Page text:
The most lucrative job in corporate America? Executive in Charge of AI
In September, the Mayo Clinic in Arizona created the first job of its kind in a hospital system: chief artificial intelligence officer.
Doctors at the Arizona site, which has facilities in Phoenix and Scottsdale, had experimented with AI for years. But after the release of ChatGPT in 2022 and the growing frenzy over the technology, the hospital decided it needed to do more work with AI and find someone to coordinate efforts.
So officials appointed Dr. Bhavik Patel, a radiologist who specializes in AI, to the new job. Dr. Patel has since created a new AI model that can help speed up the diagnosis of a rare heart disease by looking for data hidden in ultrasound.
“We're really trying to promote some of these data and AI capabilities in every department, every division, every work group,” said Dr. Richard Gray, chief executive of the Mayo Clinic in Arizona. The role of Chief AI Officer was created because “it helps coordinate work with depth of expertise.”
Many people have long feared that AI will eliminate jobs. But the boom in technology has led law firms, hospitals, insurance companies, government agencies and universities to create the newest role in corporate America and beyond: the senior executive in charge of AI.
Law firms such as Equifax credit bureau, manufacturer Ashley Furniture and Eversheds Sutherland have hired AI executives in the past year. In December, The New York Times named an editorial director for its AI initiative. And more than 400 federal departments and agencies sought chief AI officers last year to comply with an executive order from President Biden that created safeguards for the technology.
Overall, 122 people with the title of head or vice president of AI joined a forum on company review site Glassdoor last year, up from 19 in 2022, Glassdoor said.
AI executive jobs are appearing as organizations look to harness transformative technology, said Randy Bean, founder of consulting firm Nuvantage Partners, which advises companies on data and AI leadership. Plus, he said, “Organizations want to say, 'Yes, we have a chief AI officer,' because it makes them look good.”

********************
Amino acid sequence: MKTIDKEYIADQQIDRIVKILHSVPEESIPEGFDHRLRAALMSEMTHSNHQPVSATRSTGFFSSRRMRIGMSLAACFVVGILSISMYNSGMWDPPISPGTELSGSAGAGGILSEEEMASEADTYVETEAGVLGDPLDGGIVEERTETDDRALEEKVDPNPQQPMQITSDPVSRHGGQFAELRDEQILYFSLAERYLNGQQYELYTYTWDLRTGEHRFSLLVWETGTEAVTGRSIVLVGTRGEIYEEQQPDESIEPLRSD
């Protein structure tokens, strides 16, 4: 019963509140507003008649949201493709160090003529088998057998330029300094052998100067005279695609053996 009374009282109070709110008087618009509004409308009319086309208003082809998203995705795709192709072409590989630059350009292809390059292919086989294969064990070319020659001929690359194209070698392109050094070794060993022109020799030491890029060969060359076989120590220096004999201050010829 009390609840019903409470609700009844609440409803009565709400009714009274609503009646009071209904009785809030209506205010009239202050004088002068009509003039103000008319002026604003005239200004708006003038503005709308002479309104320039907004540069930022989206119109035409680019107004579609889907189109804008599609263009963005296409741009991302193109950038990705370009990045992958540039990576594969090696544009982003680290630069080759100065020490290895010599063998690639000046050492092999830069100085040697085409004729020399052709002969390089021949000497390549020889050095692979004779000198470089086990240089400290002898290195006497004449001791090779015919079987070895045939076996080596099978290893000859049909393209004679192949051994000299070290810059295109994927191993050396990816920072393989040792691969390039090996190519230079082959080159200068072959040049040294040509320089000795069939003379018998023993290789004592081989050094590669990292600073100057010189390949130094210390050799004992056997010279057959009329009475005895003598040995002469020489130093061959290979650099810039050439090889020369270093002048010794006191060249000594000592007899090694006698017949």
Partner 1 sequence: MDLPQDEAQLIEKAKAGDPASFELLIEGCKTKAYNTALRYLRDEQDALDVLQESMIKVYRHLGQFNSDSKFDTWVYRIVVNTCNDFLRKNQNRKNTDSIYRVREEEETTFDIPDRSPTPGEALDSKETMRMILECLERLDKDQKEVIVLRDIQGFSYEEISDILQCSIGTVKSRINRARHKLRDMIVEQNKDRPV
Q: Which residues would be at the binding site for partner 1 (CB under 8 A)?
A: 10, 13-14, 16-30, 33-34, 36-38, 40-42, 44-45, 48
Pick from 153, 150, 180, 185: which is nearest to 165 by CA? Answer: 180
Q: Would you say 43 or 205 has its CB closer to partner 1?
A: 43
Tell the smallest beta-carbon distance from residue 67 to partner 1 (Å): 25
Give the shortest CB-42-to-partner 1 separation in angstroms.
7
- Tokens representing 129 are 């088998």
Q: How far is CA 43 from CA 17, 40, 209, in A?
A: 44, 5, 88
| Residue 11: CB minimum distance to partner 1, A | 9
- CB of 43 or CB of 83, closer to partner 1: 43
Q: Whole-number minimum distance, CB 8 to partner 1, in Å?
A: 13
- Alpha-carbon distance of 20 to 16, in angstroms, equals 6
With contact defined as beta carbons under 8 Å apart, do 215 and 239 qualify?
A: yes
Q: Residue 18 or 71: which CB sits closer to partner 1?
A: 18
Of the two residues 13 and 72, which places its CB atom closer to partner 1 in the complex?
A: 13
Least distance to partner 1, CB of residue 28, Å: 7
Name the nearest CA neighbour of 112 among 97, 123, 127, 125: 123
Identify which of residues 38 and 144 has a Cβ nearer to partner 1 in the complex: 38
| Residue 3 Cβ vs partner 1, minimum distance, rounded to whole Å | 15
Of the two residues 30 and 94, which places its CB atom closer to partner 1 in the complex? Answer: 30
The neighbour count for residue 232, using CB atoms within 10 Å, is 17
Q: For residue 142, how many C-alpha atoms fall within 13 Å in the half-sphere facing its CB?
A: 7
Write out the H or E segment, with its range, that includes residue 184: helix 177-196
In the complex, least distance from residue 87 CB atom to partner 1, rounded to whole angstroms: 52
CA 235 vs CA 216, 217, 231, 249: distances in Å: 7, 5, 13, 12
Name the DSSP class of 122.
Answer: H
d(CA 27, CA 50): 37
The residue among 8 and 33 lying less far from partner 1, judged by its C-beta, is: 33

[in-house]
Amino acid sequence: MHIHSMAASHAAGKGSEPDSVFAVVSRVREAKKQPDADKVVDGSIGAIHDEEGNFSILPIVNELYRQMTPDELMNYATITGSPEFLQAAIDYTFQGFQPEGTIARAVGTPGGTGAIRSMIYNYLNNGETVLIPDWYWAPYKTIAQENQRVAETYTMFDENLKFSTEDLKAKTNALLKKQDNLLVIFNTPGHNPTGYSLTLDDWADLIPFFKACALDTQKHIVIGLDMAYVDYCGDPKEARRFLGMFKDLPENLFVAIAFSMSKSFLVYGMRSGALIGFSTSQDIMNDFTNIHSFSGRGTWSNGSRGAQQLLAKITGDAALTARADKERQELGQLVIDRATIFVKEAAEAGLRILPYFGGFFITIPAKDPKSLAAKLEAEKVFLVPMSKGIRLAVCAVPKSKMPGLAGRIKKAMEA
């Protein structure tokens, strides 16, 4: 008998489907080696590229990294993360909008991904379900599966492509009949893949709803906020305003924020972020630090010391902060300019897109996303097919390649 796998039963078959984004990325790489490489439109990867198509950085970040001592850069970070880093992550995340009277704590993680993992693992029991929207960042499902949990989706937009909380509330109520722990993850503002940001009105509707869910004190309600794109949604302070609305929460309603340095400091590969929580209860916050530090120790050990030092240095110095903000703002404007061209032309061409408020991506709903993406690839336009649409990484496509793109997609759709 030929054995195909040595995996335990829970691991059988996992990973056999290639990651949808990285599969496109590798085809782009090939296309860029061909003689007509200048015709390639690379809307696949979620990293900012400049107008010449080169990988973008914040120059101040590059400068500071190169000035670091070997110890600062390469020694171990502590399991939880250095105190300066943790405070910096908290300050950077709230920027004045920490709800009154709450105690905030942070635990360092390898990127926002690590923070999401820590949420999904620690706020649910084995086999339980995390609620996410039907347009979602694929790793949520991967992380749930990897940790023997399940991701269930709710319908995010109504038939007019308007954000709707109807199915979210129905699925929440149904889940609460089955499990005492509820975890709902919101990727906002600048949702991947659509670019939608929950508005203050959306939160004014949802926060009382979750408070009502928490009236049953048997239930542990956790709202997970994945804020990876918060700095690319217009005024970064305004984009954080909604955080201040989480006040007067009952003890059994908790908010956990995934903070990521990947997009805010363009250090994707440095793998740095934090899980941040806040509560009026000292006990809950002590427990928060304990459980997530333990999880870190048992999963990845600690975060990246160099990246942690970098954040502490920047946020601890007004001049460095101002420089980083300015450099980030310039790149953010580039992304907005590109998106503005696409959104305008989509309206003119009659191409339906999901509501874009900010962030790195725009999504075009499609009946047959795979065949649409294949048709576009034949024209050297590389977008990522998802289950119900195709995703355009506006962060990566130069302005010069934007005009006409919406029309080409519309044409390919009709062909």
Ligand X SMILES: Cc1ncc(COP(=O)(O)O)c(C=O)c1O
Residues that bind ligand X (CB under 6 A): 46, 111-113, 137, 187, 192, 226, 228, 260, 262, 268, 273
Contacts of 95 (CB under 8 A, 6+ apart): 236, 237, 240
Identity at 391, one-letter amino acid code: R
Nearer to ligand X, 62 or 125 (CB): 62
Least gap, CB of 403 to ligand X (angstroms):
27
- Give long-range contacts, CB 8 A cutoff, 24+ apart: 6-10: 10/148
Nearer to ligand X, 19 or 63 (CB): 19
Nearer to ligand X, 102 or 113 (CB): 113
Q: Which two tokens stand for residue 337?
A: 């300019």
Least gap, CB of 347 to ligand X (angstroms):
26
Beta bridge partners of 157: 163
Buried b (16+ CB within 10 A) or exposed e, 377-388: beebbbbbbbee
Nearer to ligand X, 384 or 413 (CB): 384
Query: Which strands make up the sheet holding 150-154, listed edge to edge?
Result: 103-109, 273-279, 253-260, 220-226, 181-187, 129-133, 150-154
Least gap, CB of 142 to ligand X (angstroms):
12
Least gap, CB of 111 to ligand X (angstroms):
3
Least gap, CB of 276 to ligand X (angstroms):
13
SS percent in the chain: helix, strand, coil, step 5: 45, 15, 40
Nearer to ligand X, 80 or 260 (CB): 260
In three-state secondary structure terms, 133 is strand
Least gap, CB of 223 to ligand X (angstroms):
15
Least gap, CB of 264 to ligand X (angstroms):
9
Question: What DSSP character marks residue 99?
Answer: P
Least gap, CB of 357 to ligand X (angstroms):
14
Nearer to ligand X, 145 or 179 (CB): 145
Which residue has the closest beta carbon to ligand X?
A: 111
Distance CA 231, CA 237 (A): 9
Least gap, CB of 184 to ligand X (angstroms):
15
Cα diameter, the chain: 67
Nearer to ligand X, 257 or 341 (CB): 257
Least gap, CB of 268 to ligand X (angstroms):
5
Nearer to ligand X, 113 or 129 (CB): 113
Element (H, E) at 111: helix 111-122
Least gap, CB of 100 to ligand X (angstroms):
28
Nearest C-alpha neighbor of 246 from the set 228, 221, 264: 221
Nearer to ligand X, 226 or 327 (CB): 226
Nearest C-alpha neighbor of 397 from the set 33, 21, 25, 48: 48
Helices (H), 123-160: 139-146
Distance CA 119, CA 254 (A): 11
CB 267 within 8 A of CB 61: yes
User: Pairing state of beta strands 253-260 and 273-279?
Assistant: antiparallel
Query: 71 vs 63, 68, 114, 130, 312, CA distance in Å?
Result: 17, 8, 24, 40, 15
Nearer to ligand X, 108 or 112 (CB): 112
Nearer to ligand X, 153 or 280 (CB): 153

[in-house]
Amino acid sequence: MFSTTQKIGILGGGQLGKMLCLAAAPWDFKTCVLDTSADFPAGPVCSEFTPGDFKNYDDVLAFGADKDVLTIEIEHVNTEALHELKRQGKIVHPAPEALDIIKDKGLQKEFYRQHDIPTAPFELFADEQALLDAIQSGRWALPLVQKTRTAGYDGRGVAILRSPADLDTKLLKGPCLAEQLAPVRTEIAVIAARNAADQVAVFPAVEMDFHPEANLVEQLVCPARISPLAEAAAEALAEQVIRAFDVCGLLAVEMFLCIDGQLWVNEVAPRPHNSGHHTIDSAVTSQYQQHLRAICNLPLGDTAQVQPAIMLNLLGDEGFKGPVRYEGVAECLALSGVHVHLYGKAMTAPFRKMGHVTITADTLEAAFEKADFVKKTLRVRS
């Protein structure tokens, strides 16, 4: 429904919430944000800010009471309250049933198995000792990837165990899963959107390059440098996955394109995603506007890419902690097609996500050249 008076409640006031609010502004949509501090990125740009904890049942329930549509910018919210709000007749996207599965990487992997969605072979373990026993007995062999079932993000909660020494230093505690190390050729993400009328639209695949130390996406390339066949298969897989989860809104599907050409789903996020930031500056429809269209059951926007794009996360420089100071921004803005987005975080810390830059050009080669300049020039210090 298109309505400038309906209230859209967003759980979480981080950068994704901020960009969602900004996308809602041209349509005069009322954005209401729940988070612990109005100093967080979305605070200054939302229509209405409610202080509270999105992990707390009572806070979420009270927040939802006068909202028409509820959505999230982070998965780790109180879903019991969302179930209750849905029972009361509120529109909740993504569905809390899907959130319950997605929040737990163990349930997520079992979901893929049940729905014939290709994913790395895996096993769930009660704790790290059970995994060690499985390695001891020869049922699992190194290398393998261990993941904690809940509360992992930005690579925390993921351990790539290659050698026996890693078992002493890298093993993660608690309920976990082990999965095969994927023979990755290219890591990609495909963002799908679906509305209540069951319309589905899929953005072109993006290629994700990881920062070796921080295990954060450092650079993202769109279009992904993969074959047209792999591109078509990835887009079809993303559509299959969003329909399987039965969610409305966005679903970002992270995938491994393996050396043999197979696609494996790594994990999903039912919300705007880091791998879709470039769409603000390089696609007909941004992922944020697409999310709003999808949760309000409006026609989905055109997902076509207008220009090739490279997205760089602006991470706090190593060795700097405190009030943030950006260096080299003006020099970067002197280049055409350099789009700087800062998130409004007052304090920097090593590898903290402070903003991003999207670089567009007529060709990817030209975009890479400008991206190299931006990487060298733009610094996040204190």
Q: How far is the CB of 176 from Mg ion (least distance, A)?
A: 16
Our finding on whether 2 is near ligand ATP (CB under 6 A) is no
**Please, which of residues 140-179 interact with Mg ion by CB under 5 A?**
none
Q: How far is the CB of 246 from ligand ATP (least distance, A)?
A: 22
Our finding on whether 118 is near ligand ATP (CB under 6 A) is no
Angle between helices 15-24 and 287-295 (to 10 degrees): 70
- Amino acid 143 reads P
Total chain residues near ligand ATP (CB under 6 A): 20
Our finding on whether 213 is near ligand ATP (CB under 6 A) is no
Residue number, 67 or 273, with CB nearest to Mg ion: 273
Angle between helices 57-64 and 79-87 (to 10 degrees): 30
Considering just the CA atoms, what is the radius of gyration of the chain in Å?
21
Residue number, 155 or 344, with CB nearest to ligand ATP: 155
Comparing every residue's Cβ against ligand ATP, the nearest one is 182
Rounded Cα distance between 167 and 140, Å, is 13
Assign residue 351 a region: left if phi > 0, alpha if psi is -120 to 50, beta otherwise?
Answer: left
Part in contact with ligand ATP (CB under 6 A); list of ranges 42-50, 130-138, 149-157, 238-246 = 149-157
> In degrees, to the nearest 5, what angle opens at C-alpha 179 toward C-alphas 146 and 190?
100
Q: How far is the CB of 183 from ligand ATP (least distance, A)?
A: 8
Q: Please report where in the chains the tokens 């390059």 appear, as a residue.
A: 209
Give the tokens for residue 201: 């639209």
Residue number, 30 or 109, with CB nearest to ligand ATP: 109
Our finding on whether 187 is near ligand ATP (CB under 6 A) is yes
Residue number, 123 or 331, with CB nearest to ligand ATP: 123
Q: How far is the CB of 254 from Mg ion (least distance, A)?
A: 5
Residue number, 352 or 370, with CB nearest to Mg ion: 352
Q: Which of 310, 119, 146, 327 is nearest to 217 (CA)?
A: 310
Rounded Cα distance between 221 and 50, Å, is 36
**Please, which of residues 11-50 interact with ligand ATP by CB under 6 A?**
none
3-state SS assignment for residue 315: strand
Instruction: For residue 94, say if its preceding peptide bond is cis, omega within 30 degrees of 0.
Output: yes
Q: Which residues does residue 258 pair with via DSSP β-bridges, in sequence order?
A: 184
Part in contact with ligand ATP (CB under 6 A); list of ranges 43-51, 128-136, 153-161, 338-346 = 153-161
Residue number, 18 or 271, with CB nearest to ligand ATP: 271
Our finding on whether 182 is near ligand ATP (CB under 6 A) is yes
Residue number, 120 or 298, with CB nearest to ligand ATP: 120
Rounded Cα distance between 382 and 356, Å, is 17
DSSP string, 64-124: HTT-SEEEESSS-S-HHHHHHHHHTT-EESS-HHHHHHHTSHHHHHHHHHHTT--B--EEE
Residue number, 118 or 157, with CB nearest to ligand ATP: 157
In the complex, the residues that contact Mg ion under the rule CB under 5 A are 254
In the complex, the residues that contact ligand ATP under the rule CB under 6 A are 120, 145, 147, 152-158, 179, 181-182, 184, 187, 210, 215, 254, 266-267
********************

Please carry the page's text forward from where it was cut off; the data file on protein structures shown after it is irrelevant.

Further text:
Other executive jobs have been created in response to major technological and financial changes. In the 1980s, advances in computing power led to a rise in chief information officers and chief technology officers, who typically oversaw how technology was used or developed within a company. Following the 2008 financial crisis, Chief Data Officers were appointed to comply with new regulations and manage the way companies use data.
With AI executive roles, companies and organizations are looking for someone who can help them understand the risks and possibilities of the technology and how it can change the way people work.
In May, health insurer Florida Blue promoted Svetlana Bender to the new position of vice president of AI and behavioral sciences for the same purpose. One of their first AI projects was to operate an internal chatbot that could help write computer code and analyze customer data.
Dr. Bender, who was previously Florida Blue's director of technology solutions, said his team will train the chatbot on customer data and open it up for all employees to use. This month, it hired a director of AI to help with the work
“We want to move as quickly as possible to utilize the technology while ensuring that customers' insurance data is kept secure,” he said.
Accenture, a consulting firm, added a chief AI officer in September as clients became increasingly interested in the technology. The company promoted Lan Guan, who worked on global data and AI, to the role of advising clients on how to incorporate AI into their businesses. Accenture is also building AI tools, including for the insurance industry.
The new hires “underscore our ambition in the market, and how optimistic we are about the huge potential we see for our customers in AI,” Ms Guan said.
At Western University in Ontario, Mark Daly, professor of computer science and chief information officer, took up the new position of chief AI officer in October. While he still teaches, he left the role of Chief Information Officer.
Dr. Daly has since focused on establishing over 30 pilot AI projects, including working with the research and finance team to automate auditing processes and collaborating with faculty in the humanities to develop new curriculum Is included.
“We're in a moment where the best approach to generic AI is really exploration and experimentation,” he said.
Some experts said technology is changing so rapidly that it may soon overtake the roles. A Harvard Business Review article Last year, co-written by Nuvantage's Mr. Bean, it posited that chief AI and data officers were set up to fail because the jobs were “a high-pressure balancing act with a technology that poses enormous risks and opportunities.” Provides.”
LinkedIn's chief economist Carin Kimbrough said that AI will also evolve from a new technology to be included in everyone's work. “AI will have many roles and will become so entrenched that the specific AI job title will begin to disappear,” he said.
Some chief AI executives said they have staying power in their jobs. Dr. Patel, of the Mayo Clinic in Arizona, said a big part of his new job was to communicate with other doctors and regulators like the Food and Drug Administration and identify how AI could make medical work more efficient.
“There are still many shortcomings in modern health care,” he said. “This is where I think we can use artificial intelligence cleverly to bridge that gap, or at least reduce it.”